Last year, our network delivered about 12 million pounds of fresh fruit and vegetables to our neighbors in need.
That’s almost DOUBLE the amount we distributed in 2015—at the beginning of our current 10 year strategic plan—and about 6 TIMES as much produce as we distributed annually in the first several years after we built our Duquesne facility, which opened in 2000.
This change was not an accident, and it wasn’t always easy. And it’s not over. We continue to work to expand access to fresh foods: meat, dairy, fresh fruit and vegetables, because the people we serve have told us these are the products they want the most.
In a recent survey of the people we serve, only 32 percent reported that they eat fresh fruits and vegetables daily, because fresh food is hard to access in many communities. Fifty-seven percent of people said fresh fruits and vegetables are hard to get in their neighborhood, and 83 percent said that fresh fruits and vegetables cost too much to buy. We also know that diet-related disease is higher in communities struggling with poverty, and we know that poor nutrition contributes to a number of negative social, health, and economic outcomes for people experiencing food insecurity.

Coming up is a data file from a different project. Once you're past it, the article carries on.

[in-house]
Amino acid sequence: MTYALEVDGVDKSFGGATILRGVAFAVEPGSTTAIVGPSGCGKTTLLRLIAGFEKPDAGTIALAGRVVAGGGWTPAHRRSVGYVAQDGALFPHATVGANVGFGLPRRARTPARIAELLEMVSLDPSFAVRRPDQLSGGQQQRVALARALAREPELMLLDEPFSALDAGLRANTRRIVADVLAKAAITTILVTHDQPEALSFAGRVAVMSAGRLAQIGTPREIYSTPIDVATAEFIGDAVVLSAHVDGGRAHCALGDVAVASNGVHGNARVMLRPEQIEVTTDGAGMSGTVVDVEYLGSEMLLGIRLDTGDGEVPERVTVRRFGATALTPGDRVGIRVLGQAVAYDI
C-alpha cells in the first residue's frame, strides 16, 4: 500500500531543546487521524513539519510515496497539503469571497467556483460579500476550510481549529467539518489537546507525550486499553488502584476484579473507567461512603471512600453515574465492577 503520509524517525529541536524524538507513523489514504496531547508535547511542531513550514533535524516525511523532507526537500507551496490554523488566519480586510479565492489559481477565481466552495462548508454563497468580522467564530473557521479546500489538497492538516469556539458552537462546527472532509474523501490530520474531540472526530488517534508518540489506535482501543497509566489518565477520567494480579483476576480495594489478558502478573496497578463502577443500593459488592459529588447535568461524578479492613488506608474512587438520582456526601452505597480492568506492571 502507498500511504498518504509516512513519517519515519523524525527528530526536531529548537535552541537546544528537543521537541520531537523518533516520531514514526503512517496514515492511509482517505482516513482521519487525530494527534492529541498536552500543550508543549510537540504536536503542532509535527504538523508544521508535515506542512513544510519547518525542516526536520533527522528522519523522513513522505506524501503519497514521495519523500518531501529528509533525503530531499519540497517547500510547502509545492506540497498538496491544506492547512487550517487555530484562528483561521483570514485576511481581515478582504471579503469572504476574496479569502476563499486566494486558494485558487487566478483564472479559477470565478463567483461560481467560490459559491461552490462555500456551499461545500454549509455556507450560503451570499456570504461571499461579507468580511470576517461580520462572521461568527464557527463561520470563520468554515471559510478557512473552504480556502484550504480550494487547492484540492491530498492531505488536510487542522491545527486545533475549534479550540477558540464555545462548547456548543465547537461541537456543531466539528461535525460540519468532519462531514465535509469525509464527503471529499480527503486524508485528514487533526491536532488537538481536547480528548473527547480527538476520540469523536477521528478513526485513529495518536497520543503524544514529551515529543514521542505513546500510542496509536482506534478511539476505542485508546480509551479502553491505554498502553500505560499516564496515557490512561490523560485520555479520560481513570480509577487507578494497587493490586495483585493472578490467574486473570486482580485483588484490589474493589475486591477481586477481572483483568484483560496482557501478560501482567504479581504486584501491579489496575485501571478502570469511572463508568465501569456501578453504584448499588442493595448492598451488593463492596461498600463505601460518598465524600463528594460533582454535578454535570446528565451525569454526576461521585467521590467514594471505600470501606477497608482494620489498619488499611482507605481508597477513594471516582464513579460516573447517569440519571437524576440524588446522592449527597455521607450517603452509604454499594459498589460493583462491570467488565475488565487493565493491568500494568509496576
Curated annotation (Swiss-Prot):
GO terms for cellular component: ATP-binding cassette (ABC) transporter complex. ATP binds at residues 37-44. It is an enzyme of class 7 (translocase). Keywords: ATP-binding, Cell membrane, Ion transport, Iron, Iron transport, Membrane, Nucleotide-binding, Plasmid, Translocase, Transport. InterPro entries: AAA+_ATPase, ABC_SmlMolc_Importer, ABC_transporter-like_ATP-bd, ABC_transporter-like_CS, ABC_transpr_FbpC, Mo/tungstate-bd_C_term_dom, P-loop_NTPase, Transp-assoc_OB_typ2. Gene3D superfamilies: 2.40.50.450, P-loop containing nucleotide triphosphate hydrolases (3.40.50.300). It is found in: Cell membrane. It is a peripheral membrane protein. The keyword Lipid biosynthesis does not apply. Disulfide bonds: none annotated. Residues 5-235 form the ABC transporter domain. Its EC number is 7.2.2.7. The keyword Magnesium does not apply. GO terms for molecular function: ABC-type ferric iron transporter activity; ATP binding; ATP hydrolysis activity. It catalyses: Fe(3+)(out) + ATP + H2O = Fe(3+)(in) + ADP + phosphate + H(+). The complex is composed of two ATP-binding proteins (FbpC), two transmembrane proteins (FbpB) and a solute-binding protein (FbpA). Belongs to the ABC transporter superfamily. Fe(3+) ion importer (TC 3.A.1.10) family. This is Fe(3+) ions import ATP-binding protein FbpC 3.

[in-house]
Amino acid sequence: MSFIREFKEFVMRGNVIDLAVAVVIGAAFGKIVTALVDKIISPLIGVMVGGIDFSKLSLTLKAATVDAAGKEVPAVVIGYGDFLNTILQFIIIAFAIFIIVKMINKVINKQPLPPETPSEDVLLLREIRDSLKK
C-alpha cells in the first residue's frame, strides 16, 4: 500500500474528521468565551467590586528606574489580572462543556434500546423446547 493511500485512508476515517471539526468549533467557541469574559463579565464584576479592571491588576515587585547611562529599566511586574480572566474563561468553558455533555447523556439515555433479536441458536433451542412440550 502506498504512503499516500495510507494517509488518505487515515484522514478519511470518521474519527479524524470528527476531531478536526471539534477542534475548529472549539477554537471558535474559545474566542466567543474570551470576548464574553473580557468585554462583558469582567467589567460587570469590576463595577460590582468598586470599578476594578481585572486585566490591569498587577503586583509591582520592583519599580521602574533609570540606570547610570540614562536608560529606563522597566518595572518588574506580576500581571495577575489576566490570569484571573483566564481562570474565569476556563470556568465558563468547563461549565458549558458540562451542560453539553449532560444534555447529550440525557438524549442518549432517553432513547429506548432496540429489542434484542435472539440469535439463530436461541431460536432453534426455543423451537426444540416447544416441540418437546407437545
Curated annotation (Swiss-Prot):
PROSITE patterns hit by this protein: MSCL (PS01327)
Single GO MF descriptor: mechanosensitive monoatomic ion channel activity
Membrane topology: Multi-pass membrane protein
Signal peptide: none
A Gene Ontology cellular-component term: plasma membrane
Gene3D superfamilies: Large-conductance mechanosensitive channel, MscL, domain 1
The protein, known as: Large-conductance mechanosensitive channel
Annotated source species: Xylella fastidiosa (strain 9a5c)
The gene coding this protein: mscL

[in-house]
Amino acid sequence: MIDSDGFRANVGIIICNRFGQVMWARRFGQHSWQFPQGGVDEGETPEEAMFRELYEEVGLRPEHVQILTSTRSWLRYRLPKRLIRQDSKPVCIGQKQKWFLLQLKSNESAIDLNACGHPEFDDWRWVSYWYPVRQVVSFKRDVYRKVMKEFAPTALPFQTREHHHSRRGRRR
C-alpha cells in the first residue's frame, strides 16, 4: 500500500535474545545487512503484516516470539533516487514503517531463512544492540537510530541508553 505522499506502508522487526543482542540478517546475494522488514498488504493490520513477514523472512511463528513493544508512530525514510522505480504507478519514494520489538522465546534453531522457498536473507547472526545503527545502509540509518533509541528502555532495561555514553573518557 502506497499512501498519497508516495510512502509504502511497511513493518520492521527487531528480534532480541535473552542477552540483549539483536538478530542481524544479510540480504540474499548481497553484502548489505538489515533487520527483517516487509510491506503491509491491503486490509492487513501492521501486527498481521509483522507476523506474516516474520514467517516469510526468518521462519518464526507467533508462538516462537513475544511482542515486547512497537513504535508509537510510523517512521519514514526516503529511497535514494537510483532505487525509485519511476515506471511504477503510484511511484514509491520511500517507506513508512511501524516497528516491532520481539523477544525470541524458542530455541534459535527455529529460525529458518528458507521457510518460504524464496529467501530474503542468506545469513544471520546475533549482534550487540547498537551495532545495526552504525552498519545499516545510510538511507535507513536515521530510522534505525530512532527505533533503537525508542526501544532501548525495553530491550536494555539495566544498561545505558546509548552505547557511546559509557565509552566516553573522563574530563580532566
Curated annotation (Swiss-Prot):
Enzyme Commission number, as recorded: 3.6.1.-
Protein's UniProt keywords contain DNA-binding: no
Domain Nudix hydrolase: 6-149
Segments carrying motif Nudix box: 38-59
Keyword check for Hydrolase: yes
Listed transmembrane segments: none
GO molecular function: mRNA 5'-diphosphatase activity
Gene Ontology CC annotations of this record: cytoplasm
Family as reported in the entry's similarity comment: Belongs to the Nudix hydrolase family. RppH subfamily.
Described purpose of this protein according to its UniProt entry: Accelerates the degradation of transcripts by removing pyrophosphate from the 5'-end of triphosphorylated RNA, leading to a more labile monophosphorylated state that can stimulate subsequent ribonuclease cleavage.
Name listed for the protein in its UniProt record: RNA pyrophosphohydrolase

That’s why we set a goal to make fresh produce 50% of our total product mix, and we are transforming our facility, fleet, network, and operating models to make that happen.